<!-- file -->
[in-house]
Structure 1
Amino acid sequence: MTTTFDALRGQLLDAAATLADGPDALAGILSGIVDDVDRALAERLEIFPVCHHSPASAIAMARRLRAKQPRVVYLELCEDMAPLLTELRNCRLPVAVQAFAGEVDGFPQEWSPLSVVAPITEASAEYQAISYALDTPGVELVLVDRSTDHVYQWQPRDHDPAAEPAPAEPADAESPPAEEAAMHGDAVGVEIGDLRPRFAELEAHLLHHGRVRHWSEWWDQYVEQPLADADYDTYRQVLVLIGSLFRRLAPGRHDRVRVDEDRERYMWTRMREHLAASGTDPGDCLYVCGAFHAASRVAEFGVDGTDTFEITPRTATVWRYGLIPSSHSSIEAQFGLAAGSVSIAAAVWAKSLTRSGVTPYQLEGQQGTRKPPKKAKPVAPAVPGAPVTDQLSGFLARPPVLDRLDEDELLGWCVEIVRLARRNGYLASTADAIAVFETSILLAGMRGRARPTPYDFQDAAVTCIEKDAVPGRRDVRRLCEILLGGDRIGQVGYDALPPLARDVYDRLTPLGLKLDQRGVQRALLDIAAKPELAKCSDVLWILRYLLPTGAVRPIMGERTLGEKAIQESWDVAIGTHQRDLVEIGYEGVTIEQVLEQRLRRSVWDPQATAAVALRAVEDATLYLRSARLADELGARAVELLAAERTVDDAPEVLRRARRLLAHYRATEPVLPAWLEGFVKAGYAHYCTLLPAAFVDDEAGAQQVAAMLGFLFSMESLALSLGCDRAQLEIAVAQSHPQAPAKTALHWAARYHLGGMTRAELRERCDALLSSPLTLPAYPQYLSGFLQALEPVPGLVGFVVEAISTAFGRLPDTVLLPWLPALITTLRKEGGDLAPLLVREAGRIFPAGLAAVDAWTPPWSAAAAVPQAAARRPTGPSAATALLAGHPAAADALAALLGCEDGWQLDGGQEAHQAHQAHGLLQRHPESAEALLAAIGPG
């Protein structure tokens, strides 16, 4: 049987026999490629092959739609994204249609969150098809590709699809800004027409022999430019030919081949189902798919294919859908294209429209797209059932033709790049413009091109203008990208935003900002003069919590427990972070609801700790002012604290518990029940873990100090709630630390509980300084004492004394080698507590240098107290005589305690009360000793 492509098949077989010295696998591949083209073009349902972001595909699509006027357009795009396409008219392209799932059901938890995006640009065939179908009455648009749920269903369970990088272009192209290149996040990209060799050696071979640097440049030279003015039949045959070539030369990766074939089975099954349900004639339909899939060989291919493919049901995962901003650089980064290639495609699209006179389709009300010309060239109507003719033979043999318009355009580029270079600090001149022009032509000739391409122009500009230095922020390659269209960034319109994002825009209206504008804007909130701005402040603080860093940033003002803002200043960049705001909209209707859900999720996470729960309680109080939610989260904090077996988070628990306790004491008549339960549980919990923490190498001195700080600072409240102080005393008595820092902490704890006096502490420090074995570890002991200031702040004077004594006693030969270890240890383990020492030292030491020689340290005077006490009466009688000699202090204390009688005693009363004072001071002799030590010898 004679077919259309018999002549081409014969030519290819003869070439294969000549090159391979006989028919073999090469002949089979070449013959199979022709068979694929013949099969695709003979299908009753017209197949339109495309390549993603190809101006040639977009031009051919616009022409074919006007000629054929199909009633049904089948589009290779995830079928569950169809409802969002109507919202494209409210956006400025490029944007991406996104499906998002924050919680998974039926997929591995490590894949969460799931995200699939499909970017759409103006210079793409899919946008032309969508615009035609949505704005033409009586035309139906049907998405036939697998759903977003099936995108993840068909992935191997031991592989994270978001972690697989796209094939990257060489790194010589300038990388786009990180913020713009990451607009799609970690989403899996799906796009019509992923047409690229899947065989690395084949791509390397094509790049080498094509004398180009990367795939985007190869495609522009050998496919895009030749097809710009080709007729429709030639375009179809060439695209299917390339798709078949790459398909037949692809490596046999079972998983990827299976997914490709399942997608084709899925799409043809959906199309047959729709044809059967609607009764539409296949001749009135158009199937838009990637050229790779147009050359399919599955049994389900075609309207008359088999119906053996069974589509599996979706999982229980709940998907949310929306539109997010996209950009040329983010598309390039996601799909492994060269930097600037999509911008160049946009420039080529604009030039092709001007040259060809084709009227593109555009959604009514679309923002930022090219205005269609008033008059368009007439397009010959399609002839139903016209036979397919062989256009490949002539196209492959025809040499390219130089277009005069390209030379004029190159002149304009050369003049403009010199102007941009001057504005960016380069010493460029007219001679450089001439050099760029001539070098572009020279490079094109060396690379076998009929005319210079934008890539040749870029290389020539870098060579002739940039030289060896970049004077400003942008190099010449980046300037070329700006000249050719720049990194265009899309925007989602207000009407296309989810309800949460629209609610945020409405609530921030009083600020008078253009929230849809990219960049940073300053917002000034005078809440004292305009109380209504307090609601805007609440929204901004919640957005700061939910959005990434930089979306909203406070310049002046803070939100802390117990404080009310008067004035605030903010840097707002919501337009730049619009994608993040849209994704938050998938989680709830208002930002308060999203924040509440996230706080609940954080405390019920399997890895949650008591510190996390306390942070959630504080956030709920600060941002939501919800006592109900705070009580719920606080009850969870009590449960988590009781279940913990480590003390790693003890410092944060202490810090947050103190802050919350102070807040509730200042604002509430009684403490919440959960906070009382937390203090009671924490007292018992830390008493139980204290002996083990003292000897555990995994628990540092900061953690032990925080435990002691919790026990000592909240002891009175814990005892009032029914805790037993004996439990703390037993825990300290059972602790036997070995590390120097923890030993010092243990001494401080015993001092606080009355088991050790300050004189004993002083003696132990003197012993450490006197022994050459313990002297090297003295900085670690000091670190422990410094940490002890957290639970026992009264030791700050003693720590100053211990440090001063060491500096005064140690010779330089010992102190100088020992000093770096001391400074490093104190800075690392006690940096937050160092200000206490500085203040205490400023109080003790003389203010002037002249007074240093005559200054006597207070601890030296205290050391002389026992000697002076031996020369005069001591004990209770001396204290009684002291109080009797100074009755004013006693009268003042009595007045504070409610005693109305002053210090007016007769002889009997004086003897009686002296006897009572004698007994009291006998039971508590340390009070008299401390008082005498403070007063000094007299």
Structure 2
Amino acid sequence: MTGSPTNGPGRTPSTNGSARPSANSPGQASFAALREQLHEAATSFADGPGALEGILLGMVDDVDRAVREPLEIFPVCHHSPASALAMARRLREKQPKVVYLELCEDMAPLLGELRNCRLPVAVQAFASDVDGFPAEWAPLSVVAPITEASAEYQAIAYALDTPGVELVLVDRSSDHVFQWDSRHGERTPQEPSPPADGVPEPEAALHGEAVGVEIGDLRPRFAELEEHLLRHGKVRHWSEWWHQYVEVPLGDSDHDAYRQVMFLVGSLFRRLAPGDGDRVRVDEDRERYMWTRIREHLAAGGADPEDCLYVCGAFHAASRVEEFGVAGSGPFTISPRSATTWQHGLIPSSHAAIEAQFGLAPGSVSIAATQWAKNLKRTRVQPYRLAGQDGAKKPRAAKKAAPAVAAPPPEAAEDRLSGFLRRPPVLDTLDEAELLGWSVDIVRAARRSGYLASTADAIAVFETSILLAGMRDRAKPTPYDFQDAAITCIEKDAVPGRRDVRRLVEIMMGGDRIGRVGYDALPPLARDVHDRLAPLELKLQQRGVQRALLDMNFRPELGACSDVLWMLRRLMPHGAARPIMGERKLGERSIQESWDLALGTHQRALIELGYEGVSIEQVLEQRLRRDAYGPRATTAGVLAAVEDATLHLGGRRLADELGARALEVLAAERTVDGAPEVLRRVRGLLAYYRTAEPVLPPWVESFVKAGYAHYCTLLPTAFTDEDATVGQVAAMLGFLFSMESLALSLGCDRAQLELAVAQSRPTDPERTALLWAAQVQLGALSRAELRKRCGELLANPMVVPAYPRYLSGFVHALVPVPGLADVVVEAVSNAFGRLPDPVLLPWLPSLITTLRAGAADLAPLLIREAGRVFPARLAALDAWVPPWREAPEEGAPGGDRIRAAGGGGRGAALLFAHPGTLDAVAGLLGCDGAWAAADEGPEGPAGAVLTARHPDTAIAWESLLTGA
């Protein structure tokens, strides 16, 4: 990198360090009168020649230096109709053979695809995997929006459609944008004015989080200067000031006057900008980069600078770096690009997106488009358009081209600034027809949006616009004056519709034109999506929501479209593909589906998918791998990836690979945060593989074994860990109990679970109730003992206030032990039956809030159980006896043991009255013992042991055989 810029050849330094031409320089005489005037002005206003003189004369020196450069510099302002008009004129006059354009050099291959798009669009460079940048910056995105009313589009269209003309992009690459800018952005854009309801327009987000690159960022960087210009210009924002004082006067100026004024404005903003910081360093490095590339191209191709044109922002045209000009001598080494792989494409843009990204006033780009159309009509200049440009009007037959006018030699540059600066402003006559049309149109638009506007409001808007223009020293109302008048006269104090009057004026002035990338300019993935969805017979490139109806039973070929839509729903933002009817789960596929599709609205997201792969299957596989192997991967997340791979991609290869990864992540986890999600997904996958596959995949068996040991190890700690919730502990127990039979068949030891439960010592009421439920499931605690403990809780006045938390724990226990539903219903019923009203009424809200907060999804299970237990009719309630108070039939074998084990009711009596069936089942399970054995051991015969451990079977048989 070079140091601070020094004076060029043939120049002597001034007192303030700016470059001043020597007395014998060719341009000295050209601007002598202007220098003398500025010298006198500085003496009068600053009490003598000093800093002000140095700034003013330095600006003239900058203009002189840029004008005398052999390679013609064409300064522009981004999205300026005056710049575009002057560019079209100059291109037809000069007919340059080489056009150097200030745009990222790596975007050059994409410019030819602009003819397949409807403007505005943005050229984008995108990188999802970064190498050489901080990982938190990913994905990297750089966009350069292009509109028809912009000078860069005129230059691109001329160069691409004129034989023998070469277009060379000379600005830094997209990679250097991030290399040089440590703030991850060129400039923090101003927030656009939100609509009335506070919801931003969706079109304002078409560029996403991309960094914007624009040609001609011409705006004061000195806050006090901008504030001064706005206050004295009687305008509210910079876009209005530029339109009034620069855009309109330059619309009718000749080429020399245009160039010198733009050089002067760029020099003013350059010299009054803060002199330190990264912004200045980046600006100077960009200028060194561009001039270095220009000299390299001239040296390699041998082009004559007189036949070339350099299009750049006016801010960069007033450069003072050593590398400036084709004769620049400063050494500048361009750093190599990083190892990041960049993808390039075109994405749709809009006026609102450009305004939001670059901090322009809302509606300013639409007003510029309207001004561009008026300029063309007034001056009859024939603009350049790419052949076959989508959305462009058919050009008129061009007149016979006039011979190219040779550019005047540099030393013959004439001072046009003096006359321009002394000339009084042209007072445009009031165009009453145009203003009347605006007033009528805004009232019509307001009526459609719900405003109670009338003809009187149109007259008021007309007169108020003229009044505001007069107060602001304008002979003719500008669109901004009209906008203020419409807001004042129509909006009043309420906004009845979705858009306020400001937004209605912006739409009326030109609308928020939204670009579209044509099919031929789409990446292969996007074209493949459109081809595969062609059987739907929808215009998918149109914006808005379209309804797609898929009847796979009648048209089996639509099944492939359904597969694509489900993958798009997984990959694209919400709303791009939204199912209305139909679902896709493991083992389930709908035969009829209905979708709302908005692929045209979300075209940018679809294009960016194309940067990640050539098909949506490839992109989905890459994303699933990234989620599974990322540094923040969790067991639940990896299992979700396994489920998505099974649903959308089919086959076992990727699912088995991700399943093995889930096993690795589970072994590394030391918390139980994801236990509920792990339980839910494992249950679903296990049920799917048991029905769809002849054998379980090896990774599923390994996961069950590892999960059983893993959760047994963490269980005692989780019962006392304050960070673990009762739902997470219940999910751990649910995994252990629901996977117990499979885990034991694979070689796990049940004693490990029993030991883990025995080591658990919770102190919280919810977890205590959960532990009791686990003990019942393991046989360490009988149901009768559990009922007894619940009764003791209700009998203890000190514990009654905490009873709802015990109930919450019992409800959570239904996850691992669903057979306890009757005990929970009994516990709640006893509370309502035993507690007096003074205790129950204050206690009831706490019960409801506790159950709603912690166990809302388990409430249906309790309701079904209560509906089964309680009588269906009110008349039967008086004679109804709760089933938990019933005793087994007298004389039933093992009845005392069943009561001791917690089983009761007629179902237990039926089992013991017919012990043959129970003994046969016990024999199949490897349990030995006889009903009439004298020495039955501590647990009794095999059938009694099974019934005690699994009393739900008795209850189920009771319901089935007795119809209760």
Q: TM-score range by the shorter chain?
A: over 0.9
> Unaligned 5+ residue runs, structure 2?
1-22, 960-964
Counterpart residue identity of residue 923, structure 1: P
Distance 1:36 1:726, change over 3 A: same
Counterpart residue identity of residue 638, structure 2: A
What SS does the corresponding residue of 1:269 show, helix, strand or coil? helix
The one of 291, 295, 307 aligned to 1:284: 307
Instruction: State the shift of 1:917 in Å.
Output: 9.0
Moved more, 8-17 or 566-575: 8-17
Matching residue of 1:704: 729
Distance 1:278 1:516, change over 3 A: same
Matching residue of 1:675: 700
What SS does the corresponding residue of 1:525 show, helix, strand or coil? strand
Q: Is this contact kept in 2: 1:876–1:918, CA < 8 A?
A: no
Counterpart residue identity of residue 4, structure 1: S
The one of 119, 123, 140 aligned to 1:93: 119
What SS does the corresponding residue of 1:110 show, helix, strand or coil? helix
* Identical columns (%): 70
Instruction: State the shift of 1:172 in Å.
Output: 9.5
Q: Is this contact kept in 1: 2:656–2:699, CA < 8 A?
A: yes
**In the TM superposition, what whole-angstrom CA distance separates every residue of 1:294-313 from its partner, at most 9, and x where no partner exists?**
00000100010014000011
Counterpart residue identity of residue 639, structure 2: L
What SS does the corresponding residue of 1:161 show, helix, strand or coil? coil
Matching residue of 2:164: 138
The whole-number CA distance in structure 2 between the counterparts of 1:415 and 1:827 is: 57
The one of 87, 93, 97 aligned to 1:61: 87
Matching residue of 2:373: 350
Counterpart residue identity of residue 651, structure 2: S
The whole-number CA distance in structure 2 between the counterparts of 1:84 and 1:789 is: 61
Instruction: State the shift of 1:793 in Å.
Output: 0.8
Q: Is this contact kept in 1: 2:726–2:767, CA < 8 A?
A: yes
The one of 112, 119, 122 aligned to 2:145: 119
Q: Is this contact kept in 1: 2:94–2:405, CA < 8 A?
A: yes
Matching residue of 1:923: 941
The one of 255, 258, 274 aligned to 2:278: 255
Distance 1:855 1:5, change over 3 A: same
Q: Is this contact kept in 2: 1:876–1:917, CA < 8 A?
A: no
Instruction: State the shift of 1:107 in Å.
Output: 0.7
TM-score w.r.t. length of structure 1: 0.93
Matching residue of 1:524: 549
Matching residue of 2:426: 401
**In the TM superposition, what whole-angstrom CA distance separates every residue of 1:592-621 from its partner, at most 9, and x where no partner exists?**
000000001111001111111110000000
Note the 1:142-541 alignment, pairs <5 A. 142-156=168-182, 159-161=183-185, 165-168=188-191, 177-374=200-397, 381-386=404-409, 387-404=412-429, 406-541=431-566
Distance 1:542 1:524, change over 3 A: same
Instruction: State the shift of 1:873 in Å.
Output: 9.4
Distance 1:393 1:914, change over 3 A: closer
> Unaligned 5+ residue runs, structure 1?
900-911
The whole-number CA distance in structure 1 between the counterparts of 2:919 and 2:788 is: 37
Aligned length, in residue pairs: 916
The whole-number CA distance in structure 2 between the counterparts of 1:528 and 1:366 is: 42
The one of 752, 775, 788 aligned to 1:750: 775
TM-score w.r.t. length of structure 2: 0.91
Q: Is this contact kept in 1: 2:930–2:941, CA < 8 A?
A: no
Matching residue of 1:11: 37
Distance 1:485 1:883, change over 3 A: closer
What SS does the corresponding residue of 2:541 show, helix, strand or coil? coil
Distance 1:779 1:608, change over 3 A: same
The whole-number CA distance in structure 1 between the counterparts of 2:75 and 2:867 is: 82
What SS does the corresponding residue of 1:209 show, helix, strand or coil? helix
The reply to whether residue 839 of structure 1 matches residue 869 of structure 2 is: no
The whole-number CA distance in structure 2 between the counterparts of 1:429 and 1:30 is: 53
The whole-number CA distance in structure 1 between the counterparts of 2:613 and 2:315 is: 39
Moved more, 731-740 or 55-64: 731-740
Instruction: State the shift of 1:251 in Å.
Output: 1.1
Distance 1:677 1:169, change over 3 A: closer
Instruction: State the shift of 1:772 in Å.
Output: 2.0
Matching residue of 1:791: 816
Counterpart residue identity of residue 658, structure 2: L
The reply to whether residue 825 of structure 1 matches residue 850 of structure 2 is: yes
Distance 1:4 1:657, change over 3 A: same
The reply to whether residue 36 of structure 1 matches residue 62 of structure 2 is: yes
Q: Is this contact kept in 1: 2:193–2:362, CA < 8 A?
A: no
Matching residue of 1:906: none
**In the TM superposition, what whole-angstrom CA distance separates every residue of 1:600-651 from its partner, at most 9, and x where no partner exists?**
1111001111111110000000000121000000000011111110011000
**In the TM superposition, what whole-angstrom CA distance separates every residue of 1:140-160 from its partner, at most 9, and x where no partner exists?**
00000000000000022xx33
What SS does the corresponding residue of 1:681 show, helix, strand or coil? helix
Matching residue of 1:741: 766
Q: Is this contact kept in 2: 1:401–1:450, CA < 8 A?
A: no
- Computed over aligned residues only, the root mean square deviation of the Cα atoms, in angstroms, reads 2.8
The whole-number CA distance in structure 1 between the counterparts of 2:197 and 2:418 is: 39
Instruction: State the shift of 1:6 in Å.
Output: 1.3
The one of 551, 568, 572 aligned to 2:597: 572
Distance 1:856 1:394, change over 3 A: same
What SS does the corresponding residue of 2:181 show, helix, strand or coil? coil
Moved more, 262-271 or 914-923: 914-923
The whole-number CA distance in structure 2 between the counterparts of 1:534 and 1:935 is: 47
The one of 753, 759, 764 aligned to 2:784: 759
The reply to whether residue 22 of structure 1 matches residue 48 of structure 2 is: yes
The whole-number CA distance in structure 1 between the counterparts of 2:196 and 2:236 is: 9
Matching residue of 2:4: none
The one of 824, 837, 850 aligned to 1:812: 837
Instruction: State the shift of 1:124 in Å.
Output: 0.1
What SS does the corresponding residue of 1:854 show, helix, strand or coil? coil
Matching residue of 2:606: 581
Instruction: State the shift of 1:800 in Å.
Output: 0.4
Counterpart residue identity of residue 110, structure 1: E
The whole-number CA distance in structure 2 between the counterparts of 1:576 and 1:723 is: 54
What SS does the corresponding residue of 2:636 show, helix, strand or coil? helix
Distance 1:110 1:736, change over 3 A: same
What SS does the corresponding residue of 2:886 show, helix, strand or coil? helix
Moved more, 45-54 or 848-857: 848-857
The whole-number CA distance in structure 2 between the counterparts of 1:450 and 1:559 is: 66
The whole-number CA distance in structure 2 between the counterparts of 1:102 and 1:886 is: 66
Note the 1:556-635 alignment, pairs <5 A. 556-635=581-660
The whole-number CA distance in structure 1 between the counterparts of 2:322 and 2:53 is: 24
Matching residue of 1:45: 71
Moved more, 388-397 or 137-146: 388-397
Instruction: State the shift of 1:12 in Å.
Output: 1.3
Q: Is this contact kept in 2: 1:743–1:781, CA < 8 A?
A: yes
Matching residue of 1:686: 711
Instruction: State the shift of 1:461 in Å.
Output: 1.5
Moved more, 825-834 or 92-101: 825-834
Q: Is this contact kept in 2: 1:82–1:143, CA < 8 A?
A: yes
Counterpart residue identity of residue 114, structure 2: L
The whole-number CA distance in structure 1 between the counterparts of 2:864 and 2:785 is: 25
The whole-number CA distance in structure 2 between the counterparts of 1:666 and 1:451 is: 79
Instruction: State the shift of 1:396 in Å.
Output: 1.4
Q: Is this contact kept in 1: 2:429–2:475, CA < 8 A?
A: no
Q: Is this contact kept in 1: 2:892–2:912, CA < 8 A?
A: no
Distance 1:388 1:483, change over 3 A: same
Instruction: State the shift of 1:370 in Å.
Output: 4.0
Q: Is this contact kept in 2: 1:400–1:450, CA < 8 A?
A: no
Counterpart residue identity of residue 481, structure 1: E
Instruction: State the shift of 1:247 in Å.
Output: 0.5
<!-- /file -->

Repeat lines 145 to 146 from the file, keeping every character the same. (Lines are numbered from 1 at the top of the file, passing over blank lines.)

Instruction: State the shift of 1:461 in Å.
Output: 1.5